Thanks for putting together a great site. As a child, I enjoyed TCB very
much. How can I view an episode? Is it possible to purchase/rent a
videotape? I have been trying to view an episode for 20 years.
..just screwin' around on the internet, putting in anything that came to mind
and for some unknown reason I entered "Then Came Bronson," a show I watched
when I was 8 years old, and BANG...a web site. Who woulda thunk?
Thanks for the memories.
Chase in Phx.
Just a quick Hello and Happy New Year !!! Hope the New
Year brings all of us much health, happiness and prosperity. Looking
foward to a new year of TCB and the making of many new friends. Maybe
this will be the year that the show is back on TV and a TCB convention
can be put together.
See the above comments in "From My Desk..." for a few film/tv-ography items.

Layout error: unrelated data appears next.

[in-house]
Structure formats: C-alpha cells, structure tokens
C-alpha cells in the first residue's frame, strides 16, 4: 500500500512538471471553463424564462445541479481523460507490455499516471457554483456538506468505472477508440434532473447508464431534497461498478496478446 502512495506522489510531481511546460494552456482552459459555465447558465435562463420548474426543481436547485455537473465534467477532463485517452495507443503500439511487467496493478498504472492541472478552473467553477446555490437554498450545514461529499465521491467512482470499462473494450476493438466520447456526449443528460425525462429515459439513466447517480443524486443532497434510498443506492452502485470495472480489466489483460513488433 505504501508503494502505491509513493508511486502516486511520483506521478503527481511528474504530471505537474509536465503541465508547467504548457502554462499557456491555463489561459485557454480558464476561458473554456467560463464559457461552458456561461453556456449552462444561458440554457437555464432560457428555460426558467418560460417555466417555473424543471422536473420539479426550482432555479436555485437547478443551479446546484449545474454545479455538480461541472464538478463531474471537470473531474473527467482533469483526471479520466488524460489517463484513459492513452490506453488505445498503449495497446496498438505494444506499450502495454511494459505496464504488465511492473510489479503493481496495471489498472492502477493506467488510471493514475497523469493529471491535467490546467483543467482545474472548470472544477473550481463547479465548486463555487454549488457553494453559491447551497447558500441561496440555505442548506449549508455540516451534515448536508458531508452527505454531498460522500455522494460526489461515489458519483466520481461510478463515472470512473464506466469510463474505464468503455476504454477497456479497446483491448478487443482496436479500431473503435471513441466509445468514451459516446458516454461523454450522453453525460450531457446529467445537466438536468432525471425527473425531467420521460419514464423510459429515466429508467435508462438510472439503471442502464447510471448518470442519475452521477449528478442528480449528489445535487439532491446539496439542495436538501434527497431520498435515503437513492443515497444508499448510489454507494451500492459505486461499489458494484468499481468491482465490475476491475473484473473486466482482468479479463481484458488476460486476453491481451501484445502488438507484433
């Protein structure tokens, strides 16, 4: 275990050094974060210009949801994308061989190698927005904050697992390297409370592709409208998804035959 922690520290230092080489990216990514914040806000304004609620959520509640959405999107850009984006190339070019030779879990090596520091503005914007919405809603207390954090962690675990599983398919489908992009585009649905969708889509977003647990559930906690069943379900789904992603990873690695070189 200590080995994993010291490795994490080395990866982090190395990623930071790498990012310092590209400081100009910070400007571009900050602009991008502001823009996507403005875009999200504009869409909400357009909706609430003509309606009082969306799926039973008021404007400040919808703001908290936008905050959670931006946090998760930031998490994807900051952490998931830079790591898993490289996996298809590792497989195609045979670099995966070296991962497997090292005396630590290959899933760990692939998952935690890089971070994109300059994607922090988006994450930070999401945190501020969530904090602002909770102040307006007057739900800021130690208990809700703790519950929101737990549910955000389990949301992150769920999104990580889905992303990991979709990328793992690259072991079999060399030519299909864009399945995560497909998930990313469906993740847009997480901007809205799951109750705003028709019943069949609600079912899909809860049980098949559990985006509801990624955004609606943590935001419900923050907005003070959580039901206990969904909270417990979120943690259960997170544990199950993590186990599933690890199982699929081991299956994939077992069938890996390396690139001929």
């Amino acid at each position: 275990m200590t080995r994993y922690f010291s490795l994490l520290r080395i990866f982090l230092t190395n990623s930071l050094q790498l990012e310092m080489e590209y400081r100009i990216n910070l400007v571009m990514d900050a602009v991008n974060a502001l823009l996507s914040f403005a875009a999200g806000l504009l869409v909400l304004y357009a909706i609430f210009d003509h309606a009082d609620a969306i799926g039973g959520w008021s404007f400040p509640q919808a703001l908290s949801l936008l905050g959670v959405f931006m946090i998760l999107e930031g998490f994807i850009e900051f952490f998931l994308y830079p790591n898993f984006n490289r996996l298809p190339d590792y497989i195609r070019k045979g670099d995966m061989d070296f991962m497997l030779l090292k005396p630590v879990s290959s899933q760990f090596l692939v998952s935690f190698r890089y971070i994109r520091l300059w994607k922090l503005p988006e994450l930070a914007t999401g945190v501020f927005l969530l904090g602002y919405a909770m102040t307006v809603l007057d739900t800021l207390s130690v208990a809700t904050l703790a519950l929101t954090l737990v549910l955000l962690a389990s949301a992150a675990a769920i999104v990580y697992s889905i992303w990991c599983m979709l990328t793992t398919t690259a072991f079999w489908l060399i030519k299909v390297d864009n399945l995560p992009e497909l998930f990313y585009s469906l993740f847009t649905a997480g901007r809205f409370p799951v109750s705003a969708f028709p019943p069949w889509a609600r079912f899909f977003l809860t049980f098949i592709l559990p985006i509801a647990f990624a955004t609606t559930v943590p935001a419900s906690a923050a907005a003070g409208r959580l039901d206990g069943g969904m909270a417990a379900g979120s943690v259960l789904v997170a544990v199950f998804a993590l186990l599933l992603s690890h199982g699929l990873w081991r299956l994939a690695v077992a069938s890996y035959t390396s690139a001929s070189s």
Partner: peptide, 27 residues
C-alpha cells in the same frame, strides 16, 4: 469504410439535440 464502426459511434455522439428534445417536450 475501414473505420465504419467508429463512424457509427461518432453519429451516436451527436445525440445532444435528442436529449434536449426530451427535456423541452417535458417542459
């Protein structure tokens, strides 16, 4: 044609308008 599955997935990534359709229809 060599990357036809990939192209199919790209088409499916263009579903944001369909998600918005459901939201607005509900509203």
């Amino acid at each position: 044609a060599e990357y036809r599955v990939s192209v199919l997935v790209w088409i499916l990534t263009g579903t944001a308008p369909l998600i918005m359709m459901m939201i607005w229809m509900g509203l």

A great tv show that never was! (If it did make it to the line-up, I never heard about it.) This comes from the January 1971 issue of "Inside TV" magazine. If anyone knows anything more about this, let me know.
Here is a lobby card from the movie, The Idol, starring Michael Parks.
Hallmark has come out with what I think is a really classy Harley calendar, with nice landscape backgrounds and late afternoon lighting adding to the images. I found it at a local CVS drugstore that has Hallmark greeting cards. One image is a view of the 12 motorcycles, the other a view of what a particular month looks like.
Have you sent emails to TNT and Columbia House (from my site)? If we can get TNT to show it again, we can all see it again. And if we can get somebody like Columbia House to sell it on video, they might get better copies of it (from master tapes, and no commercials)! Anyway, if you haven't already sent emails to TNT and Columbia House, here are their addresses (for most browsers, just click on them):